My Thoughts About One of My Favorite Places--Northeastern Indiana's Amish Country

Wednesday, August 20, 2014

Amish Peanut Butter


I’ve not been a big fan of peanut butter, at least not as an adult…  As a child I was a pretty finicky eater, and I ate way too much of the stuff when whatever was on the table didn’t suit me.  Since then, I’ve had no taste for it—or at least, I didn’t until my Amish friend Ruth introduced me to something they make which is commonly known as “Amish peanut butter.” 

When it’s sold in the local stores it’s often called “Amish Church Peanut Butter.”  This is because it is made as part of the standard after-church meal.  The Amish don’t have church buildings—they hold church in their homes, barns, or out in the yard under a rented tent.  After the three-hour service, the host family feeds everyone lunch before sending them home. 

The meal is pretty standard and unchanging.  I never understood this until I gave it some thought, and then it made all the sense in the world…  Hosting church (a task that may fall to a family twice a year) is a stressful task.  Everything is cleaned and scrubbed as the family tries to put their best foot forward for their guests.  Imagine the added stress if the hostess had to try to equal or outdo the lavish spread put on by the previous hostess, always competing to try to “keep up with the Yoders.”  (And that kind of pride or one-upsmanship is anathema to the Amish.)  It makes more sense to standardize the meal.  And part of that meal is Amish peanut butter.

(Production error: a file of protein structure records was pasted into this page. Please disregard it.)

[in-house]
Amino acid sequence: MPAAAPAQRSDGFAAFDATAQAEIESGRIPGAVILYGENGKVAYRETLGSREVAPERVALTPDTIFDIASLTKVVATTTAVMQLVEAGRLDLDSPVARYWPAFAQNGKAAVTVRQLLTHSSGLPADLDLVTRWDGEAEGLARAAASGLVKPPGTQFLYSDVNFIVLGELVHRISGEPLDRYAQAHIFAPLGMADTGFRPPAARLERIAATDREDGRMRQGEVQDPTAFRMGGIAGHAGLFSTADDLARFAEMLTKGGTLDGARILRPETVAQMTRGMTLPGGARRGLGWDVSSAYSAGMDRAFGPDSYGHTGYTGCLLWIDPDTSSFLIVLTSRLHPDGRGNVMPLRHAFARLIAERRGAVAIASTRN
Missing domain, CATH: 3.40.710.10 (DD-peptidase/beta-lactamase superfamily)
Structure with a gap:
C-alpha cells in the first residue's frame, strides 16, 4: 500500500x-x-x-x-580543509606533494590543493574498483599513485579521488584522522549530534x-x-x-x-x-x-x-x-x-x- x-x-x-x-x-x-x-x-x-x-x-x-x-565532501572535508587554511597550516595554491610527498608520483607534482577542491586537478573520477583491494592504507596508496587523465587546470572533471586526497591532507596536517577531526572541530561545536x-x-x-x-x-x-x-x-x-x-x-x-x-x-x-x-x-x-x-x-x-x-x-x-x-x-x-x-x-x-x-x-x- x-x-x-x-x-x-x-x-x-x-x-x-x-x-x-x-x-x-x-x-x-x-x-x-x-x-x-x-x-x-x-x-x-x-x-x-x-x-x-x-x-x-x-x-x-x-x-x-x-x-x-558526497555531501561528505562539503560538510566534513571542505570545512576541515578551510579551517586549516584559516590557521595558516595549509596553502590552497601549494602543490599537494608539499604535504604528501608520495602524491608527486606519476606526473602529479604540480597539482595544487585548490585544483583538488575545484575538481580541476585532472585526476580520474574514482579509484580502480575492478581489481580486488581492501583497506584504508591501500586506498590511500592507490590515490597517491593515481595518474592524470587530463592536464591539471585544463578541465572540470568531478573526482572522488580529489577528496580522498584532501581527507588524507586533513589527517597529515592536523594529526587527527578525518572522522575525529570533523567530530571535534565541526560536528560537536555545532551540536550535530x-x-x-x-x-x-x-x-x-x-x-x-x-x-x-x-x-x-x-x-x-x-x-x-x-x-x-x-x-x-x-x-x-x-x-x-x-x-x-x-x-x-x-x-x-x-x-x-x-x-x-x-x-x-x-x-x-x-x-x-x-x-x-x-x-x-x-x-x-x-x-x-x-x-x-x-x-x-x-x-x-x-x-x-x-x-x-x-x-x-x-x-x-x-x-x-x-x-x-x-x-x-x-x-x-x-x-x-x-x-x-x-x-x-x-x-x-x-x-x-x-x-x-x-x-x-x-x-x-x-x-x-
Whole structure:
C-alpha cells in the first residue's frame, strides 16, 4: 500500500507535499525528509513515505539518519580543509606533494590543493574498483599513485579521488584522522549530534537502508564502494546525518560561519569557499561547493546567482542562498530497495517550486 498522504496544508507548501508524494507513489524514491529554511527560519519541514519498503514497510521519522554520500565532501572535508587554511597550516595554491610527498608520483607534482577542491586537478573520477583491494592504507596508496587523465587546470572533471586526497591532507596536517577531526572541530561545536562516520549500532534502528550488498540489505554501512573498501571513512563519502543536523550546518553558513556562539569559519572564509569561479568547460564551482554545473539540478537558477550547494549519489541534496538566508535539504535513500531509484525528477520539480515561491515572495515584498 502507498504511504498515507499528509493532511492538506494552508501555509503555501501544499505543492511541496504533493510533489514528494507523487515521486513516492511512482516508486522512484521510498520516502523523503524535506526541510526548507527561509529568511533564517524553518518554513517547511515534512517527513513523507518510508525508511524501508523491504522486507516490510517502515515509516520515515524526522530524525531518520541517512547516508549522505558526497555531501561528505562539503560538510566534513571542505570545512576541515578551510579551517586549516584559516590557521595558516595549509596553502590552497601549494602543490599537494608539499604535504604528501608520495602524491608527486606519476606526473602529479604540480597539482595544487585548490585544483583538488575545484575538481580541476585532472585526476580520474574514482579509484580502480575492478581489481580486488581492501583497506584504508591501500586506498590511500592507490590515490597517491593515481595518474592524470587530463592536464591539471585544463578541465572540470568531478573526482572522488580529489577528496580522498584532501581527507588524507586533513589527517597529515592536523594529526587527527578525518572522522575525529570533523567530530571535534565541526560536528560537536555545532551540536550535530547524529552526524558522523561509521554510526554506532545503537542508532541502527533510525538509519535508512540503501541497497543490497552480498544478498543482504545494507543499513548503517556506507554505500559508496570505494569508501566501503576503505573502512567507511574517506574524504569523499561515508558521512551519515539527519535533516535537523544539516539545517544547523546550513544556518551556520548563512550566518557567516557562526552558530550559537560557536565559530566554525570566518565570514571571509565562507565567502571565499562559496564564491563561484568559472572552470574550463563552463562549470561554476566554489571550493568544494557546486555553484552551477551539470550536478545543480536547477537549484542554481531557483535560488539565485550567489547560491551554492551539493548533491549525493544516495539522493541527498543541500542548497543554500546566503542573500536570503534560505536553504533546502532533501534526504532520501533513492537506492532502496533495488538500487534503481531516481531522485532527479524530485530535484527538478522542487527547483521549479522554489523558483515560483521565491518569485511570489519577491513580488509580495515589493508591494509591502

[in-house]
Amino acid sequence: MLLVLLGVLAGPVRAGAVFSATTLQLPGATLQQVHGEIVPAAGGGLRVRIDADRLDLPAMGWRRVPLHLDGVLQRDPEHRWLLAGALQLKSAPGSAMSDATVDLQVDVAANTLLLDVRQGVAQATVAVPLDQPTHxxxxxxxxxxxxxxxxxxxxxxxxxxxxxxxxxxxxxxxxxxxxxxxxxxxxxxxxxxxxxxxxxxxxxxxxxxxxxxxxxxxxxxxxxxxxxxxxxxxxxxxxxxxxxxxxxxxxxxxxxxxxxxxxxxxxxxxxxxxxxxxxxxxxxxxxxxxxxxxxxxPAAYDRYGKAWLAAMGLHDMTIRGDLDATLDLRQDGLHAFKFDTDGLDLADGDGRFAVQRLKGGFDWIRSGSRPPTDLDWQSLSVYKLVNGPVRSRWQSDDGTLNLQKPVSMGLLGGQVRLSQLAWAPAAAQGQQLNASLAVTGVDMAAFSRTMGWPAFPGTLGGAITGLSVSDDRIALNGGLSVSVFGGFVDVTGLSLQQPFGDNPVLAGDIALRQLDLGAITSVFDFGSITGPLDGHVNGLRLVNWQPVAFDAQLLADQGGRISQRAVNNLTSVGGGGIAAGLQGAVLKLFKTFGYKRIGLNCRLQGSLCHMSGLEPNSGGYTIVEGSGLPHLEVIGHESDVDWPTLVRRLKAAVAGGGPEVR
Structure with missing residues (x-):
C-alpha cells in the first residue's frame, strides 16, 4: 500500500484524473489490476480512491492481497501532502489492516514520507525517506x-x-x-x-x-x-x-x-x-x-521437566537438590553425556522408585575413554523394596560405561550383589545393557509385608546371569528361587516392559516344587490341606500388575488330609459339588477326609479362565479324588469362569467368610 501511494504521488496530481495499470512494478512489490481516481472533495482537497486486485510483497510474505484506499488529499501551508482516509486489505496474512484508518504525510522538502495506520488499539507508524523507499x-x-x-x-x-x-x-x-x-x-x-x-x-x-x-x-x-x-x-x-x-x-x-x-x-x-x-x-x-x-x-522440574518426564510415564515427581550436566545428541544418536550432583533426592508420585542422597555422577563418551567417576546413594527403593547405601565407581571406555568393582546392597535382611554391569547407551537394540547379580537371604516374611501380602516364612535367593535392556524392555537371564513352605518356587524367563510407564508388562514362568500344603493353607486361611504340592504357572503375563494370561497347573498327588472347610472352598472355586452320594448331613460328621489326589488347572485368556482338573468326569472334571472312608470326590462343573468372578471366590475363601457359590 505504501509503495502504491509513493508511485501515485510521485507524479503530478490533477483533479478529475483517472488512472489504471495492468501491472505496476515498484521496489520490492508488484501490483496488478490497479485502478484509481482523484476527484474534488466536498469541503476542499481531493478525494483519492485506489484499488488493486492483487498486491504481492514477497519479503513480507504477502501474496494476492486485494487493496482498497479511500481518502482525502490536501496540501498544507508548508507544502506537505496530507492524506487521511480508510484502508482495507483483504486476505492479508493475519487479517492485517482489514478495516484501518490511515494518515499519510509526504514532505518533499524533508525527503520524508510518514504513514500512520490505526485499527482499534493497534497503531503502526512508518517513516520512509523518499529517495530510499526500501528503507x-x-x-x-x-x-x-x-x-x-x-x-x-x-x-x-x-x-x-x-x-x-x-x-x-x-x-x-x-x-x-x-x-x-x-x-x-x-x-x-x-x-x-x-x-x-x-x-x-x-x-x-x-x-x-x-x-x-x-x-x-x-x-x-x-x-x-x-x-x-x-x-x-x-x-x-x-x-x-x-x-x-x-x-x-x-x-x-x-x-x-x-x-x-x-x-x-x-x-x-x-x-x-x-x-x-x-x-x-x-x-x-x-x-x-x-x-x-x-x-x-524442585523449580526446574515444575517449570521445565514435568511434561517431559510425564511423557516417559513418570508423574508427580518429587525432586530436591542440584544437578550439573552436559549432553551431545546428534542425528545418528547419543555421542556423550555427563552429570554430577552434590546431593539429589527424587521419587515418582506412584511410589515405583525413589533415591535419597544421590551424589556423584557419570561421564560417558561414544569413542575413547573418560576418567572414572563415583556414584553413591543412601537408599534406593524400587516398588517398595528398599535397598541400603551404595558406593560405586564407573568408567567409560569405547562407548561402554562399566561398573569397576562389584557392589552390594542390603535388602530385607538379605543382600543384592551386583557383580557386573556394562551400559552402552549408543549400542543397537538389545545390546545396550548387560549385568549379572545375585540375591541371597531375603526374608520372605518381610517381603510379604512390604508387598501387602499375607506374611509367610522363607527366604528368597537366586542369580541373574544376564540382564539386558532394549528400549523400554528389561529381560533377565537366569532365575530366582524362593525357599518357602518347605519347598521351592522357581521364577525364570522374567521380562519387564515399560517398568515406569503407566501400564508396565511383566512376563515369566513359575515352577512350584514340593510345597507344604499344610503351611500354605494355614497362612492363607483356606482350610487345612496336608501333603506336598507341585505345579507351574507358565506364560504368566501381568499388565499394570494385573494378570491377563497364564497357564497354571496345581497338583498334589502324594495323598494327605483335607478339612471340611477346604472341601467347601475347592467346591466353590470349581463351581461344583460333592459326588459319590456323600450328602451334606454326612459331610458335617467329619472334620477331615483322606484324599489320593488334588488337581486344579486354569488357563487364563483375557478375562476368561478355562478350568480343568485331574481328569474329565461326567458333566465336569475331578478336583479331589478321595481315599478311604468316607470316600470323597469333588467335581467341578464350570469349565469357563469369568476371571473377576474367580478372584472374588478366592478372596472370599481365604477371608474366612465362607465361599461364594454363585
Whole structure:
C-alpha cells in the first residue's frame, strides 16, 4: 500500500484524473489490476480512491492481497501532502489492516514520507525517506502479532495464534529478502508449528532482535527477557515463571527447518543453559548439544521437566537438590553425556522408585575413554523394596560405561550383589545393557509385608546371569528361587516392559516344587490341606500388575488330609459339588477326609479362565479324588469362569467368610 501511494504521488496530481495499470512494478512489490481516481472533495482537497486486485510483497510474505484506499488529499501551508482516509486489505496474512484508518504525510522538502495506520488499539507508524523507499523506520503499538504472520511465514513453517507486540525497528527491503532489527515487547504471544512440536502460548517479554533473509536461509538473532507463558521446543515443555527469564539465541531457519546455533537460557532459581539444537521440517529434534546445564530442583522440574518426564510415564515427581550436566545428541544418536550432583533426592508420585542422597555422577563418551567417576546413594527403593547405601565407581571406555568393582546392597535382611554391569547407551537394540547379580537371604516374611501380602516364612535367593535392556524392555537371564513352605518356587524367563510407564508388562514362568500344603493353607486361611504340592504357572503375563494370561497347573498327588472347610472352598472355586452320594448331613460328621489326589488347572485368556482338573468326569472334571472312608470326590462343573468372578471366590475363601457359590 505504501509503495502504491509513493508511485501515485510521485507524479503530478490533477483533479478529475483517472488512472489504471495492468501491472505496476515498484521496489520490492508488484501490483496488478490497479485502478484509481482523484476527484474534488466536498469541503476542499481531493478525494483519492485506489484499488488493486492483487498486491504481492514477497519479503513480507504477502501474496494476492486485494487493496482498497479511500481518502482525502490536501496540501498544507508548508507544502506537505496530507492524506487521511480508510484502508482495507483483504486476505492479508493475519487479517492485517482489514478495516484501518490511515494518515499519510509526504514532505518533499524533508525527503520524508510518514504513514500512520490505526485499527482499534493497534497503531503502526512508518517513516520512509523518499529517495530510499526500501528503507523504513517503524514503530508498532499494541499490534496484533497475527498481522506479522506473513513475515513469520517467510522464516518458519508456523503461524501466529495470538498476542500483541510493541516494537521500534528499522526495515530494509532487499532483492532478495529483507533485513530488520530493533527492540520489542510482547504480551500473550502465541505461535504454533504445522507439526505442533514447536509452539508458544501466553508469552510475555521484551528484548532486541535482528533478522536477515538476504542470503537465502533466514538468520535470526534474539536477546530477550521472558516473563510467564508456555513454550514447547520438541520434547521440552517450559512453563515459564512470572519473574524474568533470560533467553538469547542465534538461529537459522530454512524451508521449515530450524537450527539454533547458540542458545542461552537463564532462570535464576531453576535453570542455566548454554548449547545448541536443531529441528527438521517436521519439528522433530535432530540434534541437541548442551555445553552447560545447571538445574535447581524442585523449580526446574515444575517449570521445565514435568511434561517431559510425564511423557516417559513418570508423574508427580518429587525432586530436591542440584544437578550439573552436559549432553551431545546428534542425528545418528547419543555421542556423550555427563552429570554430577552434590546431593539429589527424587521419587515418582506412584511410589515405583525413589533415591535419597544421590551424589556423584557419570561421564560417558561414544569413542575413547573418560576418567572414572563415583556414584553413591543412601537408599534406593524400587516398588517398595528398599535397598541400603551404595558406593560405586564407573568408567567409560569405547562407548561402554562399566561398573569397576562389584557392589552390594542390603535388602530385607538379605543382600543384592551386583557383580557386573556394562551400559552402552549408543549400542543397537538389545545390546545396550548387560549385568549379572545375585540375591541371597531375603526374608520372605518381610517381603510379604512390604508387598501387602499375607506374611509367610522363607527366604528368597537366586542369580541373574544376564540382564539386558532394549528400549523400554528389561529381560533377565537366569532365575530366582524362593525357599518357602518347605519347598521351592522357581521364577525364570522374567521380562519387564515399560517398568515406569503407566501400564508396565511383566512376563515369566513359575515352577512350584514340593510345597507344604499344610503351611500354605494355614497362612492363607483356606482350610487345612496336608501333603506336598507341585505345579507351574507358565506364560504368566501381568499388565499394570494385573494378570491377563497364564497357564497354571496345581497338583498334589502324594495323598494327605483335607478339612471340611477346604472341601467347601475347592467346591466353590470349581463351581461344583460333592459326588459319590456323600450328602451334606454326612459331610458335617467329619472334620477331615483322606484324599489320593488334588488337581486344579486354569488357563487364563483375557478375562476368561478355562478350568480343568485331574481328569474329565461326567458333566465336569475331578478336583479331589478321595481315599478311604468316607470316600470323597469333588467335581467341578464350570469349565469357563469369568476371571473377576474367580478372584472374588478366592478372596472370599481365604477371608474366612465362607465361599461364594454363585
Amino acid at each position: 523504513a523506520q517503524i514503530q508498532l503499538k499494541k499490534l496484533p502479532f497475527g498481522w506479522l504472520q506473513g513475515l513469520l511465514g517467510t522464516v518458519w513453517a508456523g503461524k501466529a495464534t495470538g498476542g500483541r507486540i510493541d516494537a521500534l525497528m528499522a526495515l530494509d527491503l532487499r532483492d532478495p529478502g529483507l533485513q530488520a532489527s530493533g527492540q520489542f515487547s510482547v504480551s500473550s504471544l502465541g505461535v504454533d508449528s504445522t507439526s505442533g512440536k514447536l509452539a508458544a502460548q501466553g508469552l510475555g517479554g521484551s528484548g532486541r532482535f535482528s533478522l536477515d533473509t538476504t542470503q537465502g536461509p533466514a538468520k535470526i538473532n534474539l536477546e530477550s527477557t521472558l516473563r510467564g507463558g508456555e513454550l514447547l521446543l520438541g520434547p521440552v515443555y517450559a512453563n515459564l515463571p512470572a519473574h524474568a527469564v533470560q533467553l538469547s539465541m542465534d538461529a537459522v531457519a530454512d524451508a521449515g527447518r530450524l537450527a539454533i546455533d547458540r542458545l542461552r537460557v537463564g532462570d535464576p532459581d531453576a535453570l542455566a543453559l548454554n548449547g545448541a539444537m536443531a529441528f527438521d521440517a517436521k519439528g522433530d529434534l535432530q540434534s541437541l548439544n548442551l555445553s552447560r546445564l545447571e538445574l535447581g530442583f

How does it differ from what we’re used to?  I’ve seen various recipes in Amish cookbooks, but in the Amish community I am most familiar with, it is a blend of peanut butter, marshmallow fluff, and Karo syrup.  So it is lighter and sweeter than regular peanut butter and it is oh-so-good.  It is sold all over Amish Indiana, and it’s not cheap at the tourist traps—although it's more reasonably priced at the places the locals shop, like E&S Foods.  It’s also on the table in many local restaurants.


 My friend Ruth saves me a few margarine-tubs of it whenever she makes it for church, and sometimes I just get a spoon and eat it out of the tub like ice cream.  Lately I’ve taken to breaking off little pieces of dark chocolate Ghirardelli bars and dipping them in the peanut butter.  I suppose a person could also eat it on bread or toast, like it’s meant to be eaten.

Amish Church Peanut Butter.  One more reason I like Amish Indiana.

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